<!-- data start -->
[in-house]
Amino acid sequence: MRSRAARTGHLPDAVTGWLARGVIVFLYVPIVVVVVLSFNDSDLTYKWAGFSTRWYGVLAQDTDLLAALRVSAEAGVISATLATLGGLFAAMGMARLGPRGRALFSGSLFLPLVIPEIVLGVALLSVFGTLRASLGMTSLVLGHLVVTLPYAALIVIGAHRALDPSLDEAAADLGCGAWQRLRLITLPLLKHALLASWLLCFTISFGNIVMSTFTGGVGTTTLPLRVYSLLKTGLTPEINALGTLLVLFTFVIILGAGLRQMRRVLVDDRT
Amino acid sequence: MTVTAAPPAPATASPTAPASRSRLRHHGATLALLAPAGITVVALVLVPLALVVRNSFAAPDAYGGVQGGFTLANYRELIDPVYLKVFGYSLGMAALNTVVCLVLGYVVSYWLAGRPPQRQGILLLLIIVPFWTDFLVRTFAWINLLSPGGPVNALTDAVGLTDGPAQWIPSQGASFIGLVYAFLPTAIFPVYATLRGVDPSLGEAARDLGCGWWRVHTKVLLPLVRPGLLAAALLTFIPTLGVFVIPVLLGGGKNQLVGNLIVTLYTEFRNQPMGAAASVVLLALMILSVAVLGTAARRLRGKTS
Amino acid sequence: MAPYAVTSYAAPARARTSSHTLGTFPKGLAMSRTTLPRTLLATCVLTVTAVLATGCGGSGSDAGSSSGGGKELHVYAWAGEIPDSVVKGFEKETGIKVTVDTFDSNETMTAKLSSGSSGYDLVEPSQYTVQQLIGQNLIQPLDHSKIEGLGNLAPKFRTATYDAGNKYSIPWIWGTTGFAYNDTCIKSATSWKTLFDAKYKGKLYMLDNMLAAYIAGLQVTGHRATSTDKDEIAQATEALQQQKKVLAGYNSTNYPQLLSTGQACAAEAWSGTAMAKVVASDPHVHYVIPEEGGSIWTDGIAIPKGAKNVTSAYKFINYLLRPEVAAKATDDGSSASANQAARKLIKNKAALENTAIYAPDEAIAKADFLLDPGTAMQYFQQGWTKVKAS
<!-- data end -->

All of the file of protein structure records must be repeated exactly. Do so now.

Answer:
[in-house]
Amino acid sequence: MRSRAARTGHLPDAVTGWLARGVIVFLYVPIVVVVVLSFNDSDLTYKWAGFSTRWYGVLAQDTDLLAALRVSAEAGVISATLATLGGLFAAMGMARLGPRGRALFSGSLFLPLVIPEIVLGVALLSVFGTLRASLGMTSLVLGHLVVTLPYAALIVIGAHRALDPSLDEAAADLGCGAWQRLRLITLPLLKHALLASWLLCFTISFGNIVMSTFTGGVGTTTLPLRVYSLLKTGLTPEINALGTLLVLFTFVIILGAGLRQMRRVLVDDRT
Amino acid sequence: MTVTAAPPAPATASPTAPASRSRLRHHGATLALLAPAGITVVALVLVPLALVVRNSFAAPDAYGGVQGGFTLANYRELIDPVYLKVFGYSLGMAALNTVVCLVLGYVVSYWLAGRPPQRQGILLLLIIVPFWTDFLVRTFAWINLLSPGGPVNALTDAVGLTDGPAQWIPSQGASFIGLVYAFLPTAIFPVYATLRGVDPSLGEAARDLGCGWWRVHTKVLLPLVRPGLLAAALLTFIPTLGVFVIPVLLGGGKNQLVGNLIVTLYTEFRNQPMGAAASVVLLALMILSVAVLGTAARRLRGKTS
Amino acid sequence: MAPYAVTSYAAPARARTSSHTLGTFPKGLAMSRTTLPRTLLATCVLTVTAVLATGCGGSGSDAGSSSGGGKELHVYAWAGEIPDSVVKGFEKETGIKVTVDTFDSNETMTAKLSSGSSGYDLVEPSQYTVQQLIGQNLIQPLDHSKIEGLGNLAPKFRTATYDAGNKYSIPWIWGTTGFAYNDTCIKSATSWKTLFDAKYKGKLYMLDNMLAAYIAGLQVTGHRATSTDKDEIAQATEALQQQKKVLAGYNSTNYPQLLSTGQACAAEAWSGTAMAKVVASDPHVHYVIPEEGGSIWTDGIAIPKGAKNVTSAYKFINYLLRPEVAAKATDDGSSASANQAARKLIKNKAALENTAIYAPDEAIAKADFLLDPGTAMQYFQQGWTKVKAS